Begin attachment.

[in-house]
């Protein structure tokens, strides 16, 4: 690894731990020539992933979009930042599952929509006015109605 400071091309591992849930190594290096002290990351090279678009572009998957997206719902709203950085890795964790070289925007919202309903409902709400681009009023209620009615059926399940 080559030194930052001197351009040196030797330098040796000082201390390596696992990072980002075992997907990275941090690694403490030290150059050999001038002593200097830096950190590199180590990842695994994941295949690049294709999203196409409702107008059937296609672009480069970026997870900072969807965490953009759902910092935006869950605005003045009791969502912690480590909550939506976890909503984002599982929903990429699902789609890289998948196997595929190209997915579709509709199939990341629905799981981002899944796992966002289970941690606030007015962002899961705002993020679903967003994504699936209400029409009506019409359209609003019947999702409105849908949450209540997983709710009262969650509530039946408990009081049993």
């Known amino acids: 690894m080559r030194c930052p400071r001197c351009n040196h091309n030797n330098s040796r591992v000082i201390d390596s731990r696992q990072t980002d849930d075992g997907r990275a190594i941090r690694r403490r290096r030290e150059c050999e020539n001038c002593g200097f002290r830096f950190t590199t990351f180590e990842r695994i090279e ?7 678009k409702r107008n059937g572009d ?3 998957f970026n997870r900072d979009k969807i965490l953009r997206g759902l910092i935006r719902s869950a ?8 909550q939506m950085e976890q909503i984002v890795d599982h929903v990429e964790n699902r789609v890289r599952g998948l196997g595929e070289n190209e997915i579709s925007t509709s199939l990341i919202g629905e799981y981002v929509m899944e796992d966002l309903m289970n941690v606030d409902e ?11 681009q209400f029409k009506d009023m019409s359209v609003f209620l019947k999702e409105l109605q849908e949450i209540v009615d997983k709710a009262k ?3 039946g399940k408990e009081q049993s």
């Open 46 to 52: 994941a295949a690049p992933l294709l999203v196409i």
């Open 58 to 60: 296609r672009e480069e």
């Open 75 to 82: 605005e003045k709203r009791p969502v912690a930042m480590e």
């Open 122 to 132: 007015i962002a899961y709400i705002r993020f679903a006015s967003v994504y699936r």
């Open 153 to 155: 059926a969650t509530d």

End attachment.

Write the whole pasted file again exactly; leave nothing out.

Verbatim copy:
[in-house]
């Protein structure tokens, strides 16, 4: 690894731990020539992933979009930042599952929509006015109605 400071091309591992849930190594290096002290990351090279678009572009998957997206719902709203950085890795964790070289925007919202309903409902709400681009009023209620009615059926399940 080559030194930052001197351009040196030797330098040796000082201390390596696992990072980002075992997907990275941090690694403490030290150059050999001038002593200097830096950190590199180590990842695994994941295949690049294709999203196409409702107008059937296609672009480069970026997870900072969807965490953009759902910092935006869950605005003045009791969502912690480590909550939506976890909503984002599982929903990429699902789609890289998948196997595929190209997915579709509709199939990341629905799981981002899944796992966002289970941690606030007015962002899961705002993020679903967003994504699936209400029409009506019409359209609003019947999702409105849908949450209540997983709710009262969650509530039946408990009081049993």
């Known amino acids: 690894m080559r030194c930052p400071r001197c351009n040196h091309n030797n330098s040796r591992v000082i201390d390596s731990r696992q990072t980002d849930d075992g997907r990275a190594i941090r690694r403490r290096r030290e150059c050999e020539n001038c002593g200097f002290r830096f950190t590199t990351f180590e990842r695994i090279e ?7 678009k409702r107008n059937g572009d ?3 998957f970026n997870r900072d979009k969807i965490l953009r997206g759902l910092i935006r719902s869950a ?8 909550q939506m950085e976890q909503i984002v890795d599982h929903v990429e964790n699902r789609v890289r599952g998948l196997g595929e070289n190209e997915i579709s925007t509709s199939l990341i919202g629905e799981y981002v929509m899944e796992d966002l309903m289970n941690v606030d409902e ?11 681009q209400f029409k009506d009023m019409s359209v609003f209620l019947k999702e409105l109605q849908e949450i209540v009615d997983k709710a009262k ?3 039946g399940k408990e009081q049993s």
């Open 46 to 52: 994941a295949a690049p992933l294709l999203v196409i």
């Open 58 to 60: 296609r672009e480069e």
């Open 75 to 82: 605005e003045k709203r009791p969502v912690a930042m480590e």
């Open 122 to 132: 007015i962002a899961y709400i705002r993020f679903a006015s967003v994504y699936r």
């Open 153 to 155: 059926a969650t509530d």